Wednesday, October 3, 2018

Markets pare gains when Treasury yields soar

Dow rose only 54 (more than 100 below the earlier highs) to another record, decliners modestly ahead of advancers & NAZ gained 25.  The MLP index went up 2+ to the 281s & the REIT index fell to the 347s.  Junk bond funds fluctuated & Treasuries sank in price, driving the yield on the 10 year Treasury up an enormous 11 basis points to 3.16%.  Oil shot up 1+ to the 76s (more below) & gold gave back 4, falling to 1202, after yesterday's rally.

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Retailers across the US are gearing up for a bump in sales to end the year.  But holiday sales aren't expected to climb as much as they did in 2017, in what ended up being the best holiday season in a decade.  Holiday retail sales in Nov & Dec — excluding automobiles, gasoline & restaurants — are expected to increase 4.3-4.8% this year, reaching up to $721B, according to the National Retail Federation (NRF).  In 2017, sales were $692B.  This year's forecast by the NRF isn't predicting as much growth as last year, when holiday sales climbed 5.3%.  But growth of 4.3-4.8% would be better than a 5-year average of 3.9%.  Holiday sales are critical to the industry.  For some retailers, Nov-Dec can account for 40% of annual sales.  "Thanks to a healthy economy and strong consumer confidence, we believe that this holiday season will continue to reflect the growth we've seen over the past year," NRF CEO Matthew Shay said.  "While there is concern about the impacts of an escalating trade war, we are optimistic that the pace of economic activity will continue to increase through the end of the year."  NRF's forecast is one of the most closely watched in the industry & follows those from Deloitte & PwC, which both call for holiday retail sales increasing around 5%.  Another less-optimistic forecast from AlixPartners says sales will grow 3.1-4.1% because "2017 will be a tough year to follow."  "Last year's strong results were thanks to growing wages ... complemented by anticipation of tax cuts that led consumers to spend more than expected," the NRF's chief Economist, Jack Kleinhenz, said.  NRF added that it expects seasonal employment by retailers to reach 585-650K jobs, up from 582K in 2017.  Amazon (AMZN) earlier this week said it plans to hire 100K workers this holiday season & will raise its hourly minimum wage to $15, effective next month.  Target (TGT), a Dividend Aristocrat, is hoping to hire as many as 120K workers, while Macy's (M) aims to hire 80K people to handle peak traffic in its stores & online.

Retail trade group sees holiday sales rising 4.3 to 4.8 percent this year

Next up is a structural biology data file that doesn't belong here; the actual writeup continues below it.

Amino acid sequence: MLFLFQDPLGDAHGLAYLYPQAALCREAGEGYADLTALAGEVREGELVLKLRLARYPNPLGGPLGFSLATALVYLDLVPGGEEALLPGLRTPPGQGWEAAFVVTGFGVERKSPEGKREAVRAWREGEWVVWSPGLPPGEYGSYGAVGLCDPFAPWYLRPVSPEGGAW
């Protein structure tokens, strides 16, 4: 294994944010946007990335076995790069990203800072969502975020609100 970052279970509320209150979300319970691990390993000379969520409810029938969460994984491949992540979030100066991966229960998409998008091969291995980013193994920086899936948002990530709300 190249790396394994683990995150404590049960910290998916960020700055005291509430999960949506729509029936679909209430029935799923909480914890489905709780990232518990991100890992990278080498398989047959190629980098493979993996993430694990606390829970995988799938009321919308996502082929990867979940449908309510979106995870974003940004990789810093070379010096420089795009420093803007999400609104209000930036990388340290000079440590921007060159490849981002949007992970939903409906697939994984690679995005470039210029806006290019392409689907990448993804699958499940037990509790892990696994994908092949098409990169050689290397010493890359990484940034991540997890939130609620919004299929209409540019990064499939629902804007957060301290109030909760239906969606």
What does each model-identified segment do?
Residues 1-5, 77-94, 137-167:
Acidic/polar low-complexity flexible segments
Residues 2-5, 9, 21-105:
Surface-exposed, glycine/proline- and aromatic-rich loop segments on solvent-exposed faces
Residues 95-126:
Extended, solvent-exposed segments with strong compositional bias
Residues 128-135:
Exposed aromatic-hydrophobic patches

Following Federal Reserve chairman Jerome Powell's description of the U.S. economic outlook as "remarkably positive," market watchers are fielding questions as to how long this rosy period might last.  The answer? Quite some time, in the words of Chicago Fed chief exec Charles Evans -- but only if interest rates are hiked to above neutral, which Evans describes as just over 3%.  "The U.S. economy is doing extremely well. Fundamentals are strong, the labor market is doing terrific," Evans said.  Indeed, unemployment is currently below 4%, its lowest level in 18 years; payroll employment has added more than 200K jobs per month & inflation is up to the Fed's target level of 2%.  "I spent quite a long time indicating that I think inflation needs to get up to 2 percent, and here we are," Evans said.  "So I think things are going very well, this is something that can be continued for a number of years, in fact I think that by setting the policy rate just a little above neutral, that will continue to keep things going for quite some time."  The current federal interest rate is 2-2.5%, its highest since the 2008 financial crash.  The last hike took place in Sep, the 8 increase since the Fed began normalizing its historically easy monetary policy in late 2015.  The Fed also indicated it would raise rates once more this year & 3 times in 2019, & dropped language saying its policy would "remain accommodative."  The move underscored policymakers' optimism on the US economy, stemming from positive data including an FOMC estimate that upwardly revised the 2018 GDP forecast to 3.1% from a prior projection of 2.8%.  But by 2021, the forecast was reduced to 1.8%, indicating less confidence for the economy's long-term strength.  The FOMC indicated one more increase in 2020, bringing the median range to 3.4% where it's expected to stay thru 2021 before settling to 3% over the longer run.  The combination of low unemployment & low inflation are fueling hopes for an extended expansion, which Evans believes can be sustained with rate hikes that are less restrictive.  Normally, low unemployment & rising wages would trigger inflation to rise, forcing the Fed to raise rates faster.  "It's only in the last 15 years or so that the Fed has been able to achieve our 2 percent inflation objective in a competent fashion," he pointed out.  "Long-term inflation expectations are now, in my opinion, a little bit too low. We don't need to fight that battle, so we don't have to raise the funds rate as restrictively as we may have in the past. That allows us to set, if the outlook continues to be as good as it is, at a slightly restrictive level and then hold there for quite some time until we begin to see signs that we need to make an adjustment."